Mexico’s president blames U.S. fentanyl crisis on “lack of love, of brotherhood, of hugs”

Mexico’s president said Friday that American families are to blame for the fentanyl overdose crisis because they don’t hug their children enough.

Remarks by President Andrés Manuel López Obrador The Week of Incendiary Statements That’s about the crisis caused by fentanyl, a synthetic opioid trafficked by Mexican cartels that has been blamed for nearly 70,000 deaths. Overdose deaths every year in the United States.

López Obrador said that family values ​​in the United States have broken down, as parents do not allow their children to stay at home for long. He has it too. Denied that Mexico produces fentanyl..

On Friday, Mexico’s president told a morning news briefing that the problem was caused by “a lack of hugs, a lack of hugs.”

“A lot of families are broken, there is a lot of individualism, there is a lack of love, brotherhood, hugs and hugs,” López Obrador said of the US crisis. “That’s why they (US officials) should dedicate funds to address the causes.”

López Obrador has repeatedly said that Mexico’s close-knit family values ​​have protected it from a wave of fentanyl overdoses. Experts say Mexican cartels are now making so much money from the U.S. market that they don’t need to sell fentanyl in their home market.

Cartels often sell methamphetamines in Mexico, where the drug is popular because it allegedly helps people work harder.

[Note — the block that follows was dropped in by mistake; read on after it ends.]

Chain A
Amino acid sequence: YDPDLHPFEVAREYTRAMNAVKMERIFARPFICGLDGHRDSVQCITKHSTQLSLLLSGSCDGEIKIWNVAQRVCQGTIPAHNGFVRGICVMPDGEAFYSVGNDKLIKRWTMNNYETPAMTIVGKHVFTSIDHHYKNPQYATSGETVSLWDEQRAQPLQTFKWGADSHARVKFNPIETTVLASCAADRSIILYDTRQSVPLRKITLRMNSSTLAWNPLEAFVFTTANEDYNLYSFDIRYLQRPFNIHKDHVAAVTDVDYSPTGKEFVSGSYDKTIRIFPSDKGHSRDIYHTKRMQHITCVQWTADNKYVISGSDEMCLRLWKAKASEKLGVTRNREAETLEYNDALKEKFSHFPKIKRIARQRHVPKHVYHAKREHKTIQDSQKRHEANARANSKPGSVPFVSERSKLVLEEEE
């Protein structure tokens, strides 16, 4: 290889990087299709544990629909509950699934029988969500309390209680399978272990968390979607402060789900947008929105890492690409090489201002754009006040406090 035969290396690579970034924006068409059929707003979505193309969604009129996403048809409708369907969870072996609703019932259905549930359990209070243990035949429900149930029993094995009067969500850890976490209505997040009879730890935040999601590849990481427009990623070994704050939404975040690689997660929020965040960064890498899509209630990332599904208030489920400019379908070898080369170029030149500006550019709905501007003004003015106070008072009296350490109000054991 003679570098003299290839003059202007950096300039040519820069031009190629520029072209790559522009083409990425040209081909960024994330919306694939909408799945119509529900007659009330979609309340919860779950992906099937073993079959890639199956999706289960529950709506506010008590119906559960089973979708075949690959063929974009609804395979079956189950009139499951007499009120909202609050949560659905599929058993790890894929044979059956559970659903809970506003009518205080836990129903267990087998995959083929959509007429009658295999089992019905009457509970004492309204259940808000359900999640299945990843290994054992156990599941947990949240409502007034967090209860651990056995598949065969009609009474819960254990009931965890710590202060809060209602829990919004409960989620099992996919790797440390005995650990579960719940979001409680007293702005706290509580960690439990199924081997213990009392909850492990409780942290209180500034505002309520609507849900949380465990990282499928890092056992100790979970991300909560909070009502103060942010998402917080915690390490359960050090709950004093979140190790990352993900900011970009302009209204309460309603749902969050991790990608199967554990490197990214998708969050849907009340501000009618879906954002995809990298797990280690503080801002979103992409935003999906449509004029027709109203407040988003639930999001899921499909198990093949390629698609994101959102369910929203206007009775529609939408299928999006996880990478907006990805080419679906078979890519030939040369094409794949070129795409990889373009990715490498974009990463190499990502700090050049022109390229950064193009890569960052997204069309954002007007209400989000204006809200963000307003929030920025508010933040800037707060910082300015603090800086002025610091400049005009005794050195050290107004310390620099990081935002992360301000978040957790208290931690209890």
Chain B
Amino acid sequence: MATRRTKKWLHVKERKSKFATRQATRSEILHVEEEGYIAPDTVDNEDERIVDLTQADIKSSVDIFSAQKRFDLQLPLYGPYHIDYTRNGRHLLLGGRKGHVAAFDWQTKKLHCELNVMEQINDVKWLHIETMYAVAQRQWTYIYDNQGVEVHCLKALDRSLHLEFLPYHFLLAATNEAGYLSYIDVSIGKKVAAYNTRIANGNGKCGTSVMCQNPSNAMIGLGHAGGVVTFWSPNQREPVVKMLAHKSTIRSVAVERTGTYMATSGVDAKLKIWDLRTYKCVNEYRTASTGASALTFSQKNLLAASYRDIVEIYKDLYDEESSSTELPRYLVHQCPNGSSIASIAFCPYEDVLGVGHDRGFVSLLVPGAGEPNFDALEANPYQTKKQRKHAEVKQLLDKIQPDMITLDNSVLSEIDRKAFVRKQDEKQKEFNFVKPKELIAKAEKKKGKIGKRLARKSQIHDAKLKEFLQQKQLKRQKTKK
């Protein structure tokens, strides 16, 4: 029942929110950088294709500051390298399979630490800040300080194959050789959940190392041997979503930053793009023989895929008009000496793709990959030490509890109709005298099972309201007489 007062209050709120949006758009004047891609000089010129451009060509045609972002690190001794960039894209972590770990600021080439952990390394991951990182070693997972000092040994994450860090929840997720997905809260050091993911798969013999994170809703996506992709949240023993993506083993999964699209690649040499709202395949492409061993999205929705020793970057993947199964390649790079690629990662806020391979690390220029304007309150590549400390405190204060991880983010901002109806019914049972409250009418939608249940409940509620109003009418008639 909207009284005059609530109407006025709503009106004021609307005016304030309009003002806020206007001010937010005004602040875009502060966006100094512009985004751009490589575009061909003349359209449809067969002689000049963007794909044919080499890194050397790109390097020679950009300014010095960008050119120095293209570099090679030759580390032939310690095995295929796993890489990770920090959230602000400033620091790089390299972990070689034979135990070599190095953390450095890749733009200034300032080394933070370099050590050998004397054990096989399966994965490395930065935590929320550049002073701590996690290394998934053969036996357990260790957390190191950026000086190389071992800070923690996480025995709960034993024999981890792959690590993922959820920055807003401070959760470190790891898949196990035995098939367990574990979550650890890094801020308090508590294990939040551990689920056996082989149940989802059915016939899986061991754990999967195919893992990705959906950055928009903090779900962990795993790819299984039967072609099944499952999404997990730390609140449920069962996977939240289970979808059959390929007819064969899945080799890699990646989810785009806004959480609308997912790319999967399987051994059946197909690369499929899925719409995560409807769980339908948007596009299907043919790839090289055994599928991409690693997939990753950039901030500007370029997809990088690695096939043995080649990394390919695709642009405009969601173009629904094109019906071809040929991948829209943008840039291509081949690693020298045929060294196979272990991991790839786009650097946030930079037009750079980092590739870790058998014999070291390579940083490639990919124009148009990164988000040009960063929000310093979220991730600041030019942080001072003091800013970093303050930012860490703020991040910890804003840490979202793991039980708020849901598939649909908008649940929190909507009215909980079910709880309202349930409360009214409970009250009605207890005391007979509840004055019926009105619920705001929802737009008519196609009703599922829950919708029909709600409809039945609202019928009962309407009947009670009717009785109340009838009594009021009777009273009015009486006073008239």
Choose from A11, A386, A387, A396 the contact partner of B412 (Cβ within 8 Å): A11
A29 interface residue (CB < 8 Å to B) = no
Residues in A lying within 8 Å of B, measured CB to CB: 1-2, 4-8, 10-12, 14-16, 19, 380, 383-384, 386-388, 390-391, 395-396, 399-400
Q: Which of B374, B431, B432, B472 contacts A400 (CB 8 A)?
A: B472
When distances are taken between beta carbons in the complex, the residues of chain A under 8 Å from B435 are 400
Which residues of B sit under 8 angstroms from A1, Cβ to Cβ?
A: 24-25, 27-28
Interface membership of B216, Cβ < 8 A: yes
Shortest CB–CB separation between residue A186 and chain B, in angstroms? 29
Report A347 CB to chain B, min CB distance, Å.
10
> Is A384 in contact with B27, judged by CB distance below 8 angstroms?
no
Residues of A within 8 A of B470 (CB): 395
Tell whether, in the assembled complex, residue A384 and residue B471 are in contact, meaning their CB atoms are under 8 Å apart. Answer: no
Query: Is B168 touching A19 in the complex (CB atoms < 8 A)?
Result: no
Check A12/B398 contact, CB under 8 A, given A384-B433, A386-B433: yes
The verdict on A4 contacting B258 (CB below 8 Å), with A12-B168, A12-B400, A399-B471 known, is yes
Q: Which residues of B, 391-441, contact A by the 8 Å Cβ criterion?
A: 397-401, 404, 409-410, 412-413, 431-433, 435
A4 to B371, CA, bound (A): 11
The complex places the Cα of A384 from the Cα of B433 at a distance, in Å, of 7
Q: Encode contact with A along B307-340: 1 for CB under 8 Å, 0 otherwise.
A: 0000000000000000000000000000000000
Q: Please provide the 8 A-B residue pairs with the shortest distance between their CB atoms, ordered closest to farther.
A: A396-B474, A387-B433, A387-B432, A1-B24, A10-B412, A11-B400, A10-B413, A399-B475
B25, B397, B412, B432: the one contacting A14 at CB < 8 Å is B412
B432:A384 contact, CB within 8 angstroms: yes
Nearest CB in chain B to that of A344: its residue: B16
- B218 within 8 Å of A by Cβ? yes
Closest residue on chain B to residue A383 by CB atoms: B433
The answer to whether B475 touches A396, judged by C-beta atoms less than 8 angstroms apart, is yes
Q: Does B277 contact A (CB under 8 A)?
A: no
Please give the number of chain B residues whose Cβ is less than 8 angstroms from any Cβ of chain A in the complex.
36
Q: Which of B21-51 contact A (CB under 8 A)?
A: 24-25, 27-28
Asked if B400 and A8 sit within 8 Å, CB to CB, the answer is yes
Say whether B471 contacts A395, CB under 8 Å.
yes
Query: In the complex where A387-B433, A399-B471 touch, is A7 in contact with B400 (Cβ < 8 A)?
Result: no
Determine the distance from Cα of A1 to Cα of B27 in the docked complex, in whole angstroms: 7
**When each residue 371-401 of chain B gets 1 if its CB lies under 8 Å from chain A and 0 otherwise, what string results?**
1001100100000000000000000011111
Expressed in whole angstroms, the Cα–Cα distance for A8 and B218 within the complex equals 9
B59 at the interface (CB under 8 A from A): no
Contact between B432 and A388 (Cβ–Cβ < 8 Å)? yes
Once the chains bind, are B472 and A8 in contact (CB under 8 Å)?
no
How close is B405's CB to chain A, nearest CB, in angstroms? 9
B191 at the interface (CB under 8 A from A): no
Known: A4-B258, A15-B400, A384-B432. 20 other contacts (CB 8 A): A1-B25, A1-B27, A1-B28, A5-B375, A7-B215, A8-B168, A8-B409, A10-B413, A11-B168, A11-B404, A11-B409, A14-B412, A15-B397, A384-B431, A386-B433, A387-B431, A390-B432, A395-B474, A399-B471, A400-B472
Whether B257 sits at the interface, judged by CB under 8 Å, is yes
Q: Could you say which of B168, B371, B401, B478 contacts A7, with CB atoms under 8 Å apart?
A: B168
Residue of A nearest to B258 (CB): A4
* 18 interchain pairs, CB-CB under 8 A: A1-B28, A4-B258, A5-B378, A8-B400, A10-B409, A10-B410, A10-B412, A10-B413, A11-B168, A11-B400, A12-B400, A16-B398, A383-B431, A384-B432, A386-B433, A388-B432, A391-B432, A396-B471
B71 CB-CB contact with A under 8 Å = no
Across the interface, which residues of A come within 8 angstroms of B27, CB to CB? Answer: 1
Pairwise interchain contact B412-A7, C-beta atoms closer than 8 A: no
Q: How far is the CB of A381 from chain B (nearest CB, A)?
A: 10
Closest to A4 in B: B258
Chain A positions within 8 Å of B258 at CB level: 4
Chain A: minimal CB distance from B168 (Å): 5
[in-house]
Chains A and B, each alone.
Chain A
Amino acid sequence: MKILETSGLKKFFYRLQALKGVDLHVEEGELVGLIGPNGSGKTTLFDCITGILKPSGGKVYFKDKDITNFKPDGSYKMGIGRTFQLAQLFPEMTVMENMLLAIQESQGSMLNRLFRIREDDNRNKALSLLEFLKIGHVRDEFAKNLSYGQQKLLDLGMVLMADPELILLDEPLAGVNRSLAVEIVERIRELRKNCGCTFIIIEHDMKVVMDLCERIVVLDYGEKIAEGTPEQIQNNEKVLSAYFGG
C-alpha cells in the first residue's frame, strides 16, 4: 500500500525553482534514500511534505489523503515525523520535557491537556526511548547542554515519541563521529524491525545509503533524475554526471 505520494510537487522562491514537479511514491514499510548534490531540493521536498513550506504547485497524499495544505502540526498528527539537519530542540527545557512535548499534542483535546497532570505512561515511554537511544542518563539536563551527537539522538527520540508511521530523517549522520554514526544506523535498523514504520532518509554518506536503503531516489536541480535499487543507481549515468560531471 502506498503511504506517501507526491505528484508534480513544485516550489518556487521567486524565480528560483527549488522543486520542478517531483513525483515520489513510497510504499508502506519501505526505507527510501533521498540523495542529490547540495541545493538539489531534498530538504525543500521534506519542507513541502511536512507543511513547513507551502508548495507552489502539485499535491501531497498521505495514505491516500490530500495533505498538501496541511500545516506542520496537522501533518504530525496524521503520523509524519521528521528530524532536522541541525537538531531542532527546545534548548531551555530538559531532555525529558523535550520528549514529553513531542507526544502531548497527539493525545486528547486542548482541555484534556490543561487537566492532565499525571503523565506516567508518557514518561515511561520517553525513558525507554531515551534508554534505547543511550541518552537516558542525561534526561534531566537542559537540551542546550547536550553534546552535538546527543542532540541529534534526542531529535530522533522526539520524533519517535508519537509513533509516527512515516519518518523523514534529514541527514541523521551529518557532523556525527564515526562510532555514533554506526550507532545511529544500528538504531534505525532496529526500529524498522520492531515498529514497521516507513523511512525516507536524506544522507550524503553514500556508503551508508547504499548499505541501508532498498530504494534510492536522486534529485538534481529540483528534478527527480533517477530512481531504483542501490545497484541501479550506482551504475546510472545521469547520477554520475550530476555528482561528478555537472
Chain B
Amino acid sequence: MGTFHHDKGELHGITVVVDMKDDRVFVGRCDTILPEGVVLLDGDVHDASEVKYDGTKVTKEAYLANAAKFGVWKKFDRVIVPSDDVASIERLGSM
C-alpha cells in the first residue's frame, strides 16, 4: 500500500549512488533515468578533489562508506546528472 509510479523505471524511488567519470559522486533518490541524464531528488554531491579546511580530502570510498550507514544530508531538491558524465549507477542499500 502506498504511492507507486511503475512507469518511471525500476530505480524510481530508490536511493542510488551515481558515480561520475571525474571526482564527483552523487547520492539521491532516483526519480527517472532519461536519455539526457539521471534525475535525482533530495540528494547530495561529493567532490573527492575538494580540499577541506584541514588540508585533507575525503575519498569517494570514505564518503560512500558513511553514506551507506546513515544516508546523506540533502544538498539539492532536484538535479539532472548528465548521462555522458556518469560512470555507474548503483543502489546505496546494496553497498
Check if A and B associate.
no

López Obrador has been spurred by calls for the United States to designate Mexican drug cartels as terrorist organizations. Some Republicans have said they favor using the U.S. military to crack down on Mexican cartels.

On Wednesday, López Obrador denounced anti-drug policies in the United States as a failure and proposed banning the use of fentanyl in drugs in both countries — even though very little of the drug makes its way from hospitals to the illegal market.

U.S. officials estimate that most illegal fentanyl is manufactured in clandestine Mexican laboratories using Chinese precursor chemicals. A relatively small portion of the illicit market comes from the diversion of fentanyl, a drug used as anesthesia in surgeries and other procedures.

There have been only scattered and isolated reports of glass flasks of the medicinal fentanyl entering the illicit market. Most illegal fentanyl is squeezed by Mexican cartels into counterfeit pills that look like other drugs like Xanax, oxycodone or Percocet.

Mexico’s defense department said Tuesday that troops found more than that 1.83 million fentanyl tablets In a stash house in the border city of Tijuana.

The raid took place a few weeks after the occupation by Mexican troops. About 630,000 fentanyl tablets In Culiacan, the capital of the northern state of Sinaloa. Sinaloa is home to the drug cartel of the same name.

Mexican cartels have used the border town to smuggle fentanyl into counterfeit pills. Then they smuggle these pills into America.

Head of the Drug Enforcement Administration told CBS News That the Jalisco and Sinaloa cartels are the two Mexican cartels behind the influx of fentanyl into the US that is killing tens of thousands of Americans.

Developed as a pain management treatment for cancer patients, fentanyl is 100 times more potent than morphine. DEA. The powerful drug was behind nearly 66 percent of the 107,622 drug overdose deaths between December 2020 and December 2021. According to Centers for Disease Control and Prevention. And since 2018, seizures of fentanyl-laced pills by law enforcement Increased About 50 times.

Source link

Leave a Reply

Your email address will not be published. Required fields are marked *